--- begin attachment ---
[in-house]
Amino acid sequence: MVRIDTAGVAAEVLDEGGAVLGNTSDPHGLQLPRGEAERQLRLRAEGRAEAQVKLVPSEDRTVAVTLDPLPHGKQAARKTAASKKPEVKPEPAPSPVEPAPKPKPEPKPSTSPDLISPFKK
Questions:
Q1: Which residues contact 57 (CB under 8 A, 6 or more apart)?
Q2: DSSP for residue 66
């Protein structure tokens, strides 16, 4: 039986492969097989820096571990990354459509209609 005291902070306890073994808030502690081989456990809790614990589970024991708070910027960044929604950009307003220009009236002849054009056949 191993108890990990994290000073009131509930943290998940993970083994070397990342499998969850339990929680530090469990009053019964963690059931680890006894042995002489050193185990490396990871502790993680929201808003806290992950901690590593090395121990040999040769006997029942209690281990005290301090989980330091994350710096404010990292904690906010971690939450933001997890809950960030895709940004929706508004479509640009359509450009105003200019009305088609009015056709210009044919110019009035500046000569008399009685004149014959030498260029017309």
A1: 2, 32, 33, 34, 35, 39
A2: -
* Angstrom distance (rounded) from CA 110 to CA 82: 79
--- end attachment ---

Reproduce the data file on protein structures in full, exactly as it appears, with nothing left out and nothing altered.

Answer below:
[in-house]
Amino acid sequence: MVRIDTAGVAAEVLDEGGAVLGNTSDPHGLQLPRGEAERQLRLRAEGRAEAQVKLVPSEDRTVAVTLDPLPHGKQAARKTAASKKPEVKPEPAPSPVEPAPKPKPEPKPSTSPDLISPFKK
Questions:
Q1: Which residues contact 57 (CB under 8 A, 6 or more apart)?
Q2: DSSP for residue 66
């Protein structure tokens, strides 16, 4: 039986492969097989820096571990990354459509209609 005291902070306890073994808030502690081989456990809790614990589970024991708070910027960044929604950009307003220009009236002849054009056949 191993108890990990994290000073009131509930943290998940993970083994070397990342499998969850339990929680530090469990009053019964963690059931680890006894042995002489050193185990490396990871502790993680929201808003806290992950901690590593090395121990040999040769006997029942209690281990005290301090989980330091994350710096404010990292904690906010971690939450933001997890809950960030895709940004929706508004479509640009359509450009105003200019009305088609009015056709210009044919110019009035500046000569008399009685004149014959030498260029017309």
A1: 2, 32, 33, 34, 35, 39
A2: -
* Angstrom distance (rounded) from CA 110 to CA 82: 79